Any such Economic Injury Disaster Loan assistance declaration issued by the SBA makes loans available to small businesses and private, non-profit organizations in designated areas of a state or territory to help alleviate economic injury caused by the Coronavirus (COVID-19).

SBA’s Office of Disaster Assistance will coordinate with the state’s or territory’s Governor to submit the request for Economic Injury Disaster Loan assistance.

Once a declaration is made for designated areas within a state, the information on the application process for Economic Injury Disaster Loan assistance will be made available to all affected communities as well as updated on our website:

SBA’s Economic Injury Disaster Loans offer up to $2 million in assistance and can provide vital economic support to small businesses to help overcome the temporary loss of revenue they are experiencing.

These loans may be used to pay fixed debts, payroll, accounts payable and other bills that can’t be paid because of the disaster’s impact. The interest rate is 3.75% for small businesses. The interest rate for non-profits is 2.75%.

SBA offers loans with long-term repayments in order to keep payments affordable, up to a maximum of 30 years. Terms are determined on a case-by-case basis, based upon each borrower’s ability to repay.

SBA’s Economic Injury Disaster Loans are just one piece of the expanded focus of the federal government’s coordinated response, and the SBA is strongly committed to providing the most effective and customer-focused response possible.

For additional information, please contact the SBA disaster assistance customer service center. Call 1-800-659-2955 (TTY: 1-800-877-8339) or e-mail

SBA – Coronavirus Disaster Assistance

Does my workers compensation policy cover payroll for employees who I have to lay off or are afraid to come to work ?

Workers comp has nothing to do with unemployment. Workers comp covers on the job injuries and illness suffered by employees. If you had to lay employees off, they would be eligible to collect unemployment. Refer to your state unemployment agency to better understand how layoffs could affect your employees and your business’ unemployment tax rate.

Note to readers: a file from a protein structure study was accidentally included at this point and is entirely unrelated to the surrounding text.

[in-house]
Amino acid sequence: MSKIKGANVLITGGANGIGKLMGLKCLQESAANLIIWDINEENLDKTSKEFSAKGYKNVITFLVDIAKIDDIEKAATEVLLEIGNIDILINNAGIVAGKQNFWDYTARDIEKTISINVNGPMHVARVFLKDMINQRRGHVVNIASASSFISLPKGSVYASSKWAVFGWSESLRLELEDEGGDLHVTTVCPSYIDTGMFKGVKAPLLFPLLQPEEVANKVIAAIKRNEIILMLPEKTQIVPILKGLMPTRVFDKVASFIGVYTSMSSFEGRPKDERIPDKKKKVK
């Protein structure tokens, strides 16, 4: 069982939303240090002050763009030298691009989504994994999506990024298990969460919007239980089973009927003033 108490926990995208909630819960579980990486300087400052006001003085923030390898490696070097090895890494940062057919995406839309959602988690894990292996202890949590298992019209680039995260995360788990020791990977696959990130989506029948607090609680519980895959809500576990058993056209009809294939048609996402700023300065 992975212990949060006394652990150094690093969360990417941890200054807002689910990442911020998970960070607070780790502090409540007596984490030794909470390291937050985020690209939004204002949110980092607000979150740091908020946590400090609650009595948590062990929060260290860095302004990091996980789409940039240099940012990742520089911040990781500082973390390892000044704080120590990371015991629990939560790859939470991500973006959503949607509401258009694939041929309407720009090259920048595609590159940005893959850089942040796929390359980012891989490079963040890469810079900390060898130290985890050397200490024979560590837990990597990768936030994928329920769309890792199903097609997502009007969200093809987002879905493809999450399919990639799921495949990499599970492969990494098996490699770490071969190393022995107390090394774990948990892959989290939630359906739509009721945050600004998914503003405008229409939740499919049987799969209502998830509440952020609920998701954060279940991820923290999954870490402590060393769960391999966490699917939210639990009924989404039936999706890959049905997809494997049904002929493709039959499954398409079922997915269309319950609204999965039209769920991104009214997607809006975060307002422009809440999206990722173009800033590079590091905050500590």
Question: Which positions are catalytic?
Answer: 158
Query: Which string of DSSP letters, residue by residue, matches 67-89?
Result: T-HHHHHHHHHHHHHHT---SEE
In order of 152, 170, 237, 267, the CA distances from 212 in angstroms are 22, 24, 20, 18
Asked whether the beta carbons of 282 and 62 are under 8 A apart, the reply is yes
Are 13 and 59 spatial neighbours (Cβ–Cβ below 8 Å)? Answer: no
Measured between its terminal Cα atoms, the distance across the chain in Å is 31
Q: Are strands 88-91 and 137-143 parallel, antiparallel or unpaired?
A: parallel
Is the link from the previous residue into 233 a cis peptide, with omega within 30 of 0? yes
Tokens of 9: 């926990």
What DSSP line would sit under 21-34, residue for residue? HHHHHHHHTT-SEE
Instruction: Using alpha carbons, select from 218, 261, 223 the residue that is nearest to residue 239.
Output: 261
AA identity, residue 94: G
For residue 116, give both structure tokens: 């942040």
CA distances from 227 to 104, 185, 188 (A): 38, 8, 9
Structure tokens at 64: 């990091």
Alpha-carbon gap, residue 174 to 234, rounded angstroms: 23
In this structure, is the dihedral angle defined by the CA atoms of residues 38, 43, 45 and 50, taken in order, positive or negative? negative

Texas Workforce Commission

Will my workers compensation policy cover an employee who contracts Coronavirus while at work?

Workers comp covers the expenses associated with an on the job injury or illness suffered by an employee including paying the employees lost income (2/3rds). When we think of illness in a dental setting, we generally are considering those contracted through a sharps accident. I’ve never seen a claim made for an employee out with a cold or the flu. I suppose, were it possible to determine for certain that the Covid 19 were contracted at the office, it might just qualify as a job-related illness. When you carry Workers comp, employees injured on the job including contracting job related illness can’t sue you. Workers comp is their only remedy.

Will my BOE (business overhead expense) policy pay if I have to close my office due to Covid-19?

BOE is a disability policy on you (the owner/operator dentist). It covers expenses like staff salaries, rent, utilities, replacement dentist, interest on business loans, etc. if you are out of work due to injury or illness (disabled). BOE benefits don’t start until after the waiting period which is most commonly 60 days. That means you would have to be out of work due to the disabling health issue for 60 days before you could start collecting benefits.